Nepal | August 05, 2020

Millions of students face uncertain future

Himalayan News Service
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Kathmandu, May 8

With the looming uncertainty over restoration of normal life amidst the COVID-19 pandemic, over 7.5 million students, who have been deprived of education since mid-March, are likely to suffer for an indefinite period.

A meeting of the Education and Health Committee of the House of Representatives yesterday directed the Ministry of Education to ensure that no schools shall admit students, run classes and charge fees until the situation returned to normalcy. But, the government has no clue as to when normalcy will be restored.

Annual examinations of all students up to Grade IX had been completed before March 18. The government had called to halt all educational activities for indefinite period on the same night. The government’s move had first drawn the attention of thousands of students of Grade X, who were all prepared to take their exams the next day. Prolonged lockdown has only aggravated the anxiety of students, parents, teachers and stakeholders.

Babu Ram Thapa, national chairman of Confederation of Nepalese Teachers, said stakeholders needed to be serious about the future of around six million students up to Grade IX as they were supposed to begin new academic session by now. Thapa, who represents over 350,000 community school teachers, opined that students below Grade X would be affected the most as the government had not yet started supplying text books at schools due to the lockdown. “Millions of students, especially from remote places, are likely to be deprived of education for a long time due to lack of text books,” Thapa said.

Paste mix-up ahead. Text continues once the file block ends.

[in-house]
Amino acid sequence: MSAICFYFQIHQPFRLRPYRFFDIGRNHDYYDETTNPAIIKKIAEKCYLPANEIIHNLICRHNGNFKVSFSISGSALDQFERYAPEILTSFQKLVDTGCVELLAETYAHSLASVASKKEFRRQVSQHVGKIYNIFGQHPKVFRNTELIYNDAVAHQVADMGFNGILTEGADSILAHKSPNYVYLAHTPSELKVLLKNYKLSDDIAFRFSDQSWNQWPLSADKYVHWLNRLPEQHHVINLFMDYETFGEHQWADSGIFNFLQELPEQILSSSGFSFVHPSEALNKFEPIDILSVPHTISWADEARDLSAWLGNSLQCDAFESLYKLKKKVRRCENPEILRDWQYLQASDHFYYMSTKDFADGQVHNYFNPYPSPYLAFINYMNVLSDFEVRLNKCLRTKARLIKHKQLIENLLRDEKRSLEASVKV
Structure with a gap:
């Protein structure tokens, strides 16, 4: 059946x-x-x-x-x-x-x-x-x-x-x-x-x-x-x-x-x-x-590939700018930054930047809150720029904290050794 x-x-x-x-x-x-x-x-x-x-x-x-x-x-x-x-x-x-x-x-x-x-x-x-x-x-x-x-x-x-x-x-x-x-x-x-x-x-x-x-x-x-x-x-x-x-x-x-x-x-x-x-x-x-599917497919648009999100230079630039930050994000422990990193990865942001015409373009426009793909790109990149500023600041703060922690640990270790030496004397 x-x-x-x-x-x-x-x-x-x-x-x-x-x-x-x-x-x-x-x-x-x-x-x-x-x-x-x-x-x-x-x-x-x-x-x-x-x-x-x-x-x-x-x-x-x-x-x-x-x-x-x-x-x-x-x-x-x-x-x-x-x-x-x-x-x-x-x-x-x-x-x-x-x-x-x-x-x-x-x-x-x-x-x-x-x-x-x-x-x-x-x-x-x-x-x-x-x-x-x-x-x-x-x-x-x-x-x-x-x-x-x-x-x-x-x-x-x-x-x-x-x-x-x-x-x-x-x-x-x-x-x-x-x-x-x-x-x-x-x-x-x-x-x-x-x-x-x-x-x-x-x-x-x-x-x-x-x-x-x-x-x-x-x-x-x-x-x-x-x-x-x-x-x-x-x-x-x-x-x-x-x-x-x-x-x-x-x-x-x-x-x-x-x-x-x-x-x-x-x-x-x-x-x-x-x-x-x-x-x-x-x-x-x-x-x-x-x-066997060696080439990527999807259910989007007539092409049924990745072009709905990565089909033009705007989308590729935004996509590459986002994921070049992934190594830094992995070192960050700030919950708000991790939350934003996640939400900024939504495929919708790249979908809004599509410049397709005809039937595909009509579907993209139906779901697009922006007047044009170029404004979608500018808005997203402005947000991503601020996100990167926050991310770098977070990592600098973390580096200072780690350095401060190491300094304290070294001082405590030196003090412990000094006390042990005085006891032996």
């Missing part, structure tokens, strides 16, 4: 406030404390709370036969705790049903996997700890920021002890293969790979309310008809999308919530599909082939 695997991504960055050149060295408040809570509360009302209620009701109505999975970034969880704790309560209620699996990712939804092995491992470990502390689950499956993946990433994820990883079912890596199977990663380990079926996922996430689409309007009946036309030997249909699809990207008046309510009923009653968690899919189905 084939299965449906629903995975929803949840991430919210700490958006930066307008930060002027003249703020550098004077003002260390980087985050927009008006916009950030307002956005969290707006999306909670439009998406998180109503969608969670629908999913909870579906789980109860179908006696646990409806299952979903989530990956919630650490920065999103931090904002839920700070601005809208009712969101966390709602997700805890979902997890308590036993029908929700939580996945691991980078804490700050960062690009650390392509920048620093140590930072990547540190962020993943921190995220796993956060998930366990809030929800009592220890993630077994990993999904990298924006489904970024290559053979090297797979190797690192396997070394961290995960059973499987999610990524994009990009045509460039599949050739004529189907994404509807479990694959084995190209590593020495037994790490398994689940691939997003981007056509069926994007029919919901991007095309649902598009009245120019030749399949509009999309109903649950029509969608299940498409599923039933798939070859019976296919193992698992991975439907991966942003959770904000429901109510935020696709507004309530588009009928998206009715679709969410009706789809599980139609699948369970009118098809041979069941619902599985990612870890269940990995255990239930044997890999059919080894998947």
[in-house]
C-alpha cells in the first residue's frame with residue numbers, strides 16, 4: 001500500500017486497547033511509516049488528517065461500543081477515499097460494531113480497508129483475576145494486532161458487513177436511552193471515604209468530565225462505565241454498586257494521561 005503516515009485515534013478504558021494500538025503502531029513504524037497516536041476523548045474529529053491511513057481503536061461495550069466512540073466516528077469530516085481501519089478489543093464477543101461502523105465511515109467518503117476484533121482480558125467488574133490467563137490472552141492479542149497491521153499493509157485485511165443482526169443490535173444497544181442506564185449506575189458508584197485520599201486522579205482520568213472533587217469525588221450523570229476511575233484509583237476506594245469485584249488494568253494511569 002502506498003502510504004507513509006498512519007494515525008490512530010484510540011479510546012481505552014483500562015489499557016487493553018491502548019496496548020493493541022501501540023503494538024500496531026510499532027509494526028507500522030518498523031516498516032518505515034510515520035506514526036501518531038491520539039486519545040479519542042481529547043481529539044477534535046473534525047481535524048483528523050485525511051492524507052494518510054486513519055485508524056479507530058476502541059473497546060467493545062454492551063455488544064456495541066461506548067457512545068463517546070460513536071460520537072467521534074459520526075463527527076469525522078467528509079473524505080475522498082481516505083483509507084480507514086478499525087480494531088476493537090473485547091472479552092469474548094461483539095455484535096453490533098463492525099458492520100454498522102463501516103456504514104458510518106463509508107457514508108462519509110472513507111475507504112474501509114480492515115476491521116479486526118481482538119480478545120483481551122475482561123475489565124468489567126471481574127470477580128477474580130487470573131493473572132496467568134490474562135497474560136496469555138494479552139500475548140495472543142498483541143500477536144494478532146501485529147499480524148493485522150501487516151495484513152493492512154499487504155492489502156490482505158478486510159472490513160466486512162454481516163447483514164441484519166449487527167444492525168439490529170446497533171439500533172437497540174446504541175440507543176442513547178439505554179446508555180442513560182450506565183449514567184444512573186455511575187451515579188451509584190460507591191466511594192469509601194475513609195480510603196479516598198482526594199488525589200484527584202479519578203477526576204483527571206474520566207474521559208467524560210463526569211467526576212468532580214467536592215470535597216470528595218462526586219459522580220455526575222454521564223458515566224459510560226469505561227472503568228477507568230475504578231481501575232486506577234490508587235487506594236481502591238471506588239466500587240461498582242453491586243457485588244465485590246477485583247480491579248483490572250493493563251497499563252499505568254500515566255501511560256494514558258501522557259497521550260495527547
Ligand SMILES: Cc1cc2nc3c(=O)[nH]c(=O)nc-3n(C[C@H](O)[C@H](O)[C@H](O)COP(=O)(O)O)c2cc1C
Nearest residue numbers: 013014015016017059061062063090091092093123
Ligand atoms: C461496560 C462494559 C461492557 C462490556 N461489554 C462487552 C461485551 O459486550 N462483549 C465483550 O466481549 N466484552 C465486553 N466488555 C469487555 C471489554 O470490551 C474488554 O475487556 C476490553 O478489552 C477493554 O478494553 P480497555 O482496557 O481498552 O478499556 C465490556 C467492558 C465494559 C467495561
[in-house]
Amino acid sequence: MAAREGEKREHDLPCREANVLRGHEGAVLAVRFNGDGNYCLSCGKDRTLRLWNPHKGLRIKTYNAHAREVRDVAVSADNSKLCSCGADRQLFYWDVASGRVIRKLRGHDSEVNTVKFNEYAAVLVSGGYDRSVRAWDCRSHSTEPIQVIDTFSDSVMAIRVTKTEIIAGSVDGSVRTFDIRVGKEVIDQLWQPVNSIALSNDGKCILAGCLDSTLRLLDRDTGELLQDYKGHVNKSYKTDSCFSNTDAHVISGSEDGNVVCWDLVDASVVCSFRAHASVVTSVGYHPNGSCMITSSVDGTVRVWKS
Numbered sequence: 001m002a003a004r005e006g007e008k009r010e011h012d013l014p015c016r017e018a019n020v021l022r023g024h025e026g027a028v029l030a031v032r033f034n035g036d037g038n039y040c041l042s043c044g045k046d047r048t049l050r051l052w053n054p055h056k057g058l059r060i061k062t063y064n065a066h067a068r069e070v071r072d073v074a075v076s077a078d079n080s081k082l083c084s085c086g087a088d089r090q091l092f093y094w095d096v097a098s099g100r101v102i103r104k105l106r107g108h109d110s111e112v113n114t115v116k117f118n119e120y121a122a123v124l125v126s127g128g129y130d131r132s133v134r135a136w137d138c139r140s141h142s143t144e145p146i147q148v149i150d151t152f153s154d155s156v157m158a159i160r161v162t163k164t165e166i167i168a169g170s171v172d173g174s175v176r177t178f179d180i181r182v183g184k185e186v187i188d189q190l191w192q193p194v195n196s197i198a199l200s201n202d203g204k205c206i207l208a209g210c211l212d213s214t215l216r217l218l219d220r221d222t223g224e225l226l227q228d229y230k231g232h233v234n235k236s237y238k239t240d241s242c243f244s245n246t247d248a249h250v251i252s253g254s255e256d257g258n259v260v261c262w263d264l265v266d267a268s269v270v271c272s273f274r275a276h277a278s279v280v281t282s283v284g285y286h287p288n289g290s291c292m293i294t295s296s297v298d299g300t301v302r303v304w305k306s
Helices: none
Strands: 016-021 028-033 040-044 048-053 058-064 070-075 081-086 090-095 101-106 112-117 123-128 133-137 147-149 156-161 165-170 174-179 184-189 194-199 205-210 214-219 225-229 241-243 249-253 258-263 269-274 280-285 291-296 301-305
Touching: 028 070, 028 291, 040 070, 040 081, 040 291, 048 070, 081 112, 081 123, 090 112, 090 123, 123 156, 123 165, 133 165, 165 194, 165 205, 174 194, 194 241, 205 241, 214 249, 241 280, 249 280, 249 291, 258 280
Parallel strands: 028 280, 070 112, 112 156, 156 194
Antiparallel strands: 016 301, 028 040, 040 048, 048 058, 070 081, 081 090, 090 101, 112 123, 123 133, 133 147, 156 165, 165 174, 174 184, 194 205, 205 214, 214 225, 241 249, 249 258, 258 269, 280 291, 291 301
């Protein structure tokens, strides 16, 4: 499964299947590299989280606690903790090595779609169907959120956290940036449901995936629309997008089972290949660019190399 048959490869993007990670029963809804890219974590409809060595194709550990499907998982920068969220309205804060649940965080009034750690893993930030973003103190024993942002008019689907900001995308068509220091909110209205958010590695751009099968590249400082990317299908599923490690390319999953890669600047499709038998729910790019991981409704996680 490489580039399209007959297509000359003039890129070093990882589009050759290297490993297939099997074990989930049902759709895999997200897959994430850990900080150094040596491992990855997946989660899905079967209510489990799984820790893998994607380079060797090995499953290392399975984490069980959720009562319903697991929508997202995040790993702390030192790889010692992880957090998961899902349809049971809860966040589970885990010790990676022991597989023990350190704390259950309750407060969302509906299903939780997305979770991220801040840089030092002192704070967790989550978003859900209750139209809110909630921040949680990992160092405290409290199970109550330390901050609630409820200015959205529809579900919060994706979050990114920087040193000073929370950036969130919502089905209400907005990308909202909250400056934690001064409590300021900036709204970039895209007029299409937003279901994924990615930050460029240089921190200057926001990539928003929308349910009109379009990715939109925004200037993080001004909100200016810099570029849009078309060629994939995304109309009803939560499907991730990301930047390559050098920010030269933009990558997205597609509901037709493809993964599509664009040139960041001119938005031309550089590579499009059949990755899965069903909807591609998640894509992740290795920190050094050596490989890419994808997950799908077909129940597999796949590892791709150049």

Subash Bhandari, vice-chairman of Guardian Association of Nepal, said the most effective measure to tackle the situation was to provide textbooks to all the schools throughout the country as soon as possible. There are around 35,000 schools across the country. Besides, 6,000 private schools, all the schools teach books designated and provided by the government up to Grade X. “If only we could supply these books to the local governments across the country, they could supply them to the schools concerned and then to the students while abiding by the rules of social distancing,” Bhandari said.

He added that if books were provided the students could begin their studies with the help of parents, elder siblings, volunteer teachers or even government teachers in their community, which would at least create learning environment for students.

Tikaram Puri, chair of Private and Boarding School Organisation of Nepal, an umbrella  organisation of private schools in the country, said the government should at least help continue teaching-learning environment even if it could not officially begin academic year any time soon. “The government should encourage schools to run online classes by providing easy access to internet or even through the use of mass media like radio and television,” he said.

A version of this article appears in e-paper on May 9, 2020, of The Himalayan Times.

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